With its blackout period on box office reporting past, Warner Bros. confirmed that “The Dark Knight Rises” earned $160.9 million over its initial three days, making it the third-highest domestic bow ever, and the best opening for a 2D film. Pic also broke Imax records both domestically and worldwide.

The studio decided not to send out weekend estimates, out of respect for the victims of the July 20 shooting in Aurora, Colo., which killed 12 and wounded 58. The other majors, along with exhibs and B.O. aggregator Rentrak, joined WB in an unprecedented show of solidarity.

Christopher Nolan’s Batman finale surpassed 2008’s “The Dark Knight” ($158 million) to score the franchise’s biggest opening, though Warners stayed quiet about the milestone, sending only the numbers in an email to media — not the chest-pounding press release usually associated with such an achievement. Imax similarly was mum about the pic’s records.

The studio launched the film in 17 overseas territories, where it collected $88 million, including $4.8 million from Imax. The pic’s megascreen domestic contribution totaled $19 million for a worldwide haul of $23.8 million — edging Imax’s previous global record bow ($23.2 million) set by “Harry Potter and the Deathly Hallows: Part 2.”

Whether the Colorado shooting had any effect on the pic’s opening weekend can never be fully quantified; not even comparisons to its predecessor provide much clarity. “The Dark Knight Rises,” which received an “A” CinemaScore, fell 41% Friday-to-Saturday, with an 11% drop on Sunday. By comparison, 2008’s “Dark Knight” fell just 29% on Saturday — but that pic had a much smaller Friday midnight contribution ($18.4 million vs. $30.6 million for “TDKR”).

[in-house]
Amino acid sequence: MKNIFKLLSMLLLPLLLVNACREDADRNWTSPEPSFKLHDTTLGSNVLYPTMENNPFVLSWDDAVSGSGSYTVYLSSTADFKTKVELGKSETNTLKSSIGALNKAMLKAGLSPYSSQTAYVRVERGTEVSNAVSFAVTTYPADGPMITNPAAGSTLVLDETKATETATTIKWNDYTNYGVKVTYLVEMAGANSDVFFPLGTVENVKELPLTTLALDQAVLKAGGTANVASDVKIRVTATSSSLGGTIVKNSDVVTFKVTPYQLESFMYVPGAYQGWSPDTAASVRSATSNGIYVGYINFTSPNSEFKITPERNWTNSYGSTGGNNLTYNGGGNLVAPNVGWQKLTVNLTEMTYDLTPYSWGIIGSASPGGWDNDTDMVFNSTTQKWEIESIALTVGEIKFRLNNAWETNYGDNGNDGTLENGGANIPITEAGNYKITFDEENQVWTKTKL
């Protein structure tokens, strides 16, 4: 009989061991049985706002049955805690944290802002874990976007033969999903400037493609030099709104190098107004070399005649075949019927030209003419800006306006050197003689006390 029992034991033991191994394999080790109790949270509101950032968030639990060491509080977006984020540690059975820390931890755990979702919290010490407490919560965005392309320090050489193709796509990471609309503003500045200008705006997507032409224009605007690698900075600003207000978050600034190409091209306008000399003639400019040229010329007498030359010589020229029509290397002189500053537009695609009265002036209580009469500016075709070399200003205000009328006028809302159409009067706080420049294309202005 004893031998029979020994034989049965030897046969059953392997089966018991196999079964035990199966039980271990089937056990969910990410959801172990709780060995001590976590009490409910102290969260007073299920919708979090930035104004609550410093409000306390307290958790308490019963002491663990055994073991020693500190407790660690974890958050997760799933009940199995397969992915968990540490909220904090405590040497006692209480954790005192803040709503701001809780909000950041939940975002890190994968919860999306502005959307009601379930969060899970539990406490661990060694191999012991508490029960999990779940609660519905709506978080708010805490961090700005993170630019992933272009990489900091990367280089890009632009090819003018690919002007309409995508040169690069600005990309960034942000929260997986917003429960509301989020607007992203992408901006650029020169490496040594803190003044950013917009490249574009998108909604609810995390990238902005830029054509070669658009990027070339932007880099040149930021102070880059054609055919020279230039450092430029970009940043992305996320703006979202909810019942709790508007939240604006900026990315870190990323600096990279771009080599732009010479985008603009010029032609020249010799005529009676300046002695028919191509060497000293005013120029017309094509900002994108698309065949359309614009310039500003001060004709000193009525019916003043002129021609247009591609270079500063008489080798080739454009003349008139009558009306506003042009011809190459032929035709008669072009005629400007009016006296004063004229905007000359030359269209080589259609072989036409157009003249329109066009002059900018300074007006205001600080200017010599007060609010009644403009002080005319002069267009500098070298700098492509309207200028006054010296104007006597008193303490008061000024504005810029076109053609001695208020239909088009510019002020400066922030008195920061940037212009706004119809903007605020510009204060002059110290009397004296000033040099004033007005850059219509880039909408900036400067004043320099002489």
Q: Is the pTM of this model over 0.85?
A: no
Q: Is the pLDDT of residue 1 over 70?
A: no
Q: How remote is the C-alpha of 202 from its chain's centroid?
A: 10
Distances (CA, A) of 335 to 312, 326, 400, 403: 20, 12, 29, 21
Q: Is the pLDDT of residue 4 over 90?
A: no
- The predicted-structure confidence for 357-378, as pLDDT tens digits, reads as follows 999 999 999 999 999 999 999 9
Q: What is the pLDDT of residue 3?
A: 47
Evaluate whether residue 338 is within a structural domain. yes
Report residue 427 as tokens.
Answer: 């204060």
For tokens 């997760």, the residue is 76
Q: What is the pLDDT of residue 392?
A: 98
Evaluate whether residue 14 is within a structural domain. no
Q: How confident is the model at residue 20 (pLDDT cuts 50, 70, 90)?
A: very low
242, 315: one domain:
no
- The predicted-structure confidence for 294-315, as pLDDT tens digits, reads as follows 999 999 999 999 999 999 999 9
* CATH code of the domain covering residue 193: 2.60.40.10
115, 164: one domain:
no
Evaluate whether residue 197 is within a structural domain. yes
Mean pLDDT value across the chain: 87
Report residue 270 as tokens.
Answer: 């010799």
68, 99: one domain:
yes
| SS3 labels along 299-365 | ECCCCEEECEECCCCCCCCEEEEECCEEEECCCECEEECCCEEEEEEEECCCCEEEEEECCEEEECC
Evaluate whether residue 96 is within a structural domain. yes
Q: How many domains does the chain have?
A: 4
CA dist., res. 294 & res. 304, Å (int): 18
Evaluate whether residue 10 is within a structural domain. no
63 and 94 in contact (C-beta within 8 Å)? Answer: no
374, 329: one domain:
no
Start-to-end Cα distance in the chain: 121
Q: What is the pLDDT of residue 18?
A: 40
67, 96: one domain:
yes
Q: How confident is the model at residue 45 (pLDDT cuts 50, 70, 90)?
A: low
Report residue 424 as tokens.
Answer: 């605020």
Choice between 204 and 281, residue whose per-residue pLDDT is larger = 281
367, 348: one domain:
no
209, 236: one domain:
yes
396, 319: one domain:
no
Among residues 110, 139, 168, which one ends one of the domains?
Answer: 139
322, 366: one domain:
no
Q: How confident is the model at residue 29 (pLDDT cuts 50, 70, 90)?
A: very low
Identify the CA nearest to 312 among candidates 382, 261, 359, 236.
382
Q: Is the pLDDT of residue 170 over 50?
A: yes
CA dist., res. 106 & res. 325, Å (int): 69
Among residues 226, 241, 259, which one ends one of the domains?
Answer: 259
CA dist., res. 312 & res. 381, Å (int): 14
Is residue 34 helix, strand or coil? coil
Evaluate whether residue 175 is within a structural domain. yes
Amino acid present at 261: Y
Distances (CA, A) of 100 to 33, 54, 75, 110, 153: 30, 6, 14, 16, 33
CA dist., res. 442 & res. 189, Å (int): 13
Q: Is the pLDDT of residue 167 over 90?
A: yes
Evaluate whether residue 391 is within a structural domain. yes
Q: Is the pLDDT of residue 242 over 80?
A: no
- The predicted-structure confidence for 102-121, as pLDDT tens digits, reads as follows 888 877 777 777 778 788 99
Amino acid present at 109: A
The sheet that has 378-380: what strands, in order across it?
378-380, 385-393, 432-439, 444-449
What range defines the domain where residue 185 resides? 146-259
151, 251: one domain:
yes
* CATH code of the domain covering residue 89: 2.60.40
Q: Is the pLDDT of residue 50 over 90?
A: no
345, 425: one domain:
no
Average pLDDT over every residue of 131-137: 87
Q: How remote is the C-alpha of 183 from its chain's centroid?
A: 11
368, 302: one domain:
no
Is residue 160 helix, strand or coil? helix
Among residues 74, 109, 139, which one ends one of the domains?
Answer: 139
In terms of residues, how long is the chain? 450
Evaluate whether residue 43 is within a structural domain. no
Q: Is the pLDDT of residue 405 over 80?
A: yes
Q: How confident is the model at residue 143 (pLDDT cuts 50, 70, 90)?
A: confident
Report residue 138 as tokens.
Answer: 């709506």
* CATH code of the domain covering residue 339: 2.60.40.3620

The Batman finale would have stayed relatively flat Friday-to-Saturday had it not been for its latenight gross. The same goes for the second installment.

Still, “Dark Knight Rises” originally was expected to land in the $175 million range, which would have made it the second-highest domestic opening, behind “The Avengers” ($207 million) and ahead of “Deathly Hallows: Part 2” ($169 million).

If moviegoers did shy away from theaters this weekend due to safety concerns, their return this weekend could boost “TDKR’s” holdover potential — which doesn’t bode well for 20th Century Fox’s “The Watch” and Lionsgate’s “Step Up Revolution,” both of which were already bracing for Batman’s wake.

Overseas, the U.K. ranked as the top market for “TDKR” with $22.5 million, followed by South Korea ($15.7 million) and Australia ($15.5 million). Pic was hurt by the current economic crisis in Spain, where it grossed just $4.3 million.

Second to Batman this weekend, Fox’s soph sesh holdover “Ice Age: Continental Drift” grossed $20.4 million (falling 56%, a steeper-than-desired drop) for a Stateside cume of $88.8 million. Sony’s “The Amazing Spider-Man” followed, with $10.9 million, down 69% in its third Stateside frame, totaling $228.6 million domestically.

At the specialty box office, Focus Features’ “Moonrise Kingdom” grossed $1.8 million, bringing its Stateside cume to $36 million after nine weeks. Sony Pictures Classics’ “To Rome With Love,” meanwhile, collected an additional $1.4 million, and has tallied $11 million.

Paramount Insurge screened Australian crime drama “The Loved Ones” at New York’s IFC Center for one midnight screening on Friday and Saturday. Pic totaled just $156, though it’s cumed nearly $6,300 from seven locations.